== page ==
A reference on hassles and burnout


Category : Medical Rants

My friend, Mark Linzer, studies burnout and hassles. He sent me this reference for you interest from the journal – Stress and Health:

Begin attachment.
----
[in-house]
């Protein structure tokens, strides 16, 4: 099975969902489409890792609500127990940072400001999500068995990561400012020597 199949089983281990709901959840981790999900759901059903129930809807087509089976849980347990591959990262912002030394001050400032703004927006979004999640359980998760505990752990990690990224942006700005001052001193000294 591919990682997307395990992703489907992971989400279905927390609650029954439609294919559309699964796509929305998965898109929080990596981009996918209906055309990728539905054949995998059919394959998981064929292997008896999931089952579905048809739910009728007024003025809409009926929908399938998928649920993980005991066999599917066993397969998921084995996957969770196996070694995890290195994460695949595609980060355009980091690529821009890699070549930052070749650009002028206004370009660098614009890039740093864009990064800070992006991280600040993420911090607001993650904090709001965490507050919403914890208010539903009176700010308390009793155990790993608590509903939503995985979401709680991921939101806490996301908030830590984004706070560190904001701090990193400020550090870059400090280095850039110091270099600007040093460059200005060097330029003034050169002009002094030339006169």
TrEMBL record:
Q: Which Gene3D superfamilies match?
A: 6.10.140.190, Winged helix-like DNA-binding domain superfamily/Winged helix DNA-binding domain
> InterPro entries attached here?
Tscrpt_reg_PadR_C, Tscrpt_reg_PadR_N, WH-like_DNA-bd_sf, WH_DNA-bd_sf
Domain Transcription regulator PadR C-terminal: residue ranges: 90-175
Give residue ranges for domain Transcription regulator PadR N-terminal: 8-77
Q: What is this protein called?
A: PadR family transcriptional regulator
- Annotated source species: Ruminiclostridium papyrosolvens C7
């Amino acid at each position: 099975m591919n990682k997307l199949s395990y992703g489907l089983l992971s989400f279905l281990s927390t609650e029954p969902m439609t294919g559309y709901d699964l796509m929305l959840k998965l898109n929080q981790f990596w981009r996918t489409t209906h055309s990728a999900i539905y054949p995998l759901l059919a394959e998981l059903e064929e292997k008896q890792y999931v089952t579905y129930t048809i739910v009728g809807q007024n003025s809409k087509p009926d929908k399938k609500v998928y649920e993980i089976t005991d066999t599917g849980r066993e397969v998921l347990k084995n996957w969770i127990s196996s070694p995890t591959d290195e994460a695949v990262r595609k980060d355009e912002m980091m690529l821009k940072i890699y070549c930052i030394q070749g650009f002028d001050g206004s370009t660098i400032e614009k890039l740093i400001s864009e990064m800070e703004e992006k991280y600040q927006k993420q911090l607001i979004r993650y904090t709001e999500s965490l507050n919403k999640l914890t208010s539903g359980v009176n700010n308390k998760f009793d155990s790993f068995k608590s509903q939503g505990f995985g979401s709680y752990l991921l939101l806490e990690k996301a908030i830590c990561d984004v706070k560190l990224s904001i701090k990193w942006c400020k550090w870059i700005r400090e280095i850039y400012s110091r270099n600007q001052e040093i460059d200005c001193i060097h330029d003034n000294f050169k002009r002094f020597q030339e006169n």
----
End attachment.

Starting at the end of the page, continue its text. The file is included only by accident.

Rapid changes in the US health care system may predispose to physician stress. This can impair patient interactions, diminish productivity, and lead to turnover in physician practices. A model with ‘therapeutic implications’ for prevention of stress would be beneficial. The US Physician Worklife Study is a stratified random survey of 5704 primary care and subspeciality physicians (2326 respondents, adjusted response rate 52 per cent). We assessed the contribution of the demand–control–support model to better understanding stress in these physicians. Potential predictors included gender, age, case mix, time pressure in patient visits, workload, practice type, specialty, work control, isolation, and support for balancing work and home. A 4-item stress scale was adapted from Cohen et al.; Cronbach’s alpha in the current sample was 0.75. Linear regression was used to assess the relationship between stress and potential predictors. Mean stress scores were 2.4 (potential range 1-5, 22 percent scored 3 or higher.) Job demands such as solo practice (p < 0.05), work hours (p < 0.001), time pressure (p < 0.05) and case mix (p < 0.05) predicted stress, as did less control of the workplace (p < 0.001) and ‘hassles’ (p < 0.05). Lack of support by colleagues for balancing work and home (p < 0.001) and isolation (p < 0.01) also contributed to stress. Physician stress is worsened by work demands such as complex patients and time pressure in patient visits. Adjusting for and modifying these aspects of daily practice and providing more control over work, a more person-centred work environment and more support for balancing work and home life will likely bring less stress to doctors and better care to their patients. Copyright © 2002 John Wiley & Sons, Ltd.

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